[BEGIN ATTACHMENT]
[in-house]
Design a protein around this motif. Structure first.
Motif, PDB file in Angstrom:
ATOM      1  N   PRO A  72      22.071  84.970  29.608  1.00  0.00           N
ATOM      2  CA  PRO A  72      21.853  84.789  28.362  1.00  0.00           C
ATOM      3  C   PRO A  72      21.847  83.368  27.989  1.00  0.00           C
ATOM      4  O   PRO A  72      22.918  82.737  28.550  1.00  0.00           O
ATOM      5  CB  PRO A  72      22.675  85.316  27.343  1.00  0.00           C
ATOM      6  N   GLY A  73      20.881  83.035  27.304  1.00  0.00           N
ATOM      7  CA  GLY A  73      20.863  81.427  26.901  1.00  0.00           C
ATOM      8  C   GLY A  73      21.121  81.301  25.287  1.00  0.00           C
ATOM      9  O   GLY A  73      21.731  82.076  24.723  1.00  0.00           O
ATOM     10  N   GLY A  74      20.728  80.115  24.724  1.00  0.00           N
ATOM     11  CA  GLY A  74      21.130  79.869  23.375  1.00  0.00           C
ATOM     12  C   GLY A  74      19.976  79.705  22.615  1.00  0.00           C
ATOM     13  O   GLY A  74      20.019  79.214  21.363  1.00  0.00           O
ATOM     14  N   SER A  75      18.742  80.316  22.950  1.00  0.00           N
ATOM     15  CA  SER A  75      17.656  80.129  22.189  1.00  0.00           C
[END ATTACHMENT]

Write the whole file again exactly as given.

[in-house]
Design a protein around this motif. Structure first.
Motif, PDB file in Angstrom:
ATOM      1  N   PRO A  72      22.071  84.970  29.608  1.00  0.00           N
ATOM      2  CA  PRO A  72      21.853  84.789  28.362  1.00  0.00           C
ATOM      3  C   PRO A  72      21.847  83.368  27.989  1.00  0.00           C
ATOM      4  O   PRO A  72      22.918  82.737  28.550  1.00  0.00           O
ATOM      5  CB  PRO A  72      22.675  85.316  27.343  1.00  0.00           C
ATOM      6  N   GLY A  73      20.881  83.035  27.304  1.00  0.00           N
ATOM      7  CA  GLY A  73      20.863  81.427  26.901  1.00  0.00           C
ATOM      8  C   GLY A  73      21.121  81.301  25.287  1.00  0.00           C
ATOM      9  O   GLY A  73      21.731  82.076  24.723  1.00  0.00           O
ATOM     10  N   GLY A  74      20.728  80.115  24.724  1.00  0.00           N
ATOM     11  CA  GLY A  74      21.130  79.869  23.375  1.00  0.00           C
ATOM     12  C   GLY A  74      19.976  79.705  22.615  1.00  0.00           C
ATOM     13  O   GLY A  74      20.019  79.214  21.363  1.00  0.00           O
ATOM     14  N   SER A  75      18.742  80.316  22.950  1.00  0.00           N
ATOM     15  CA  SER A  75      17.656  80.129  22.189  1.00  0.00           C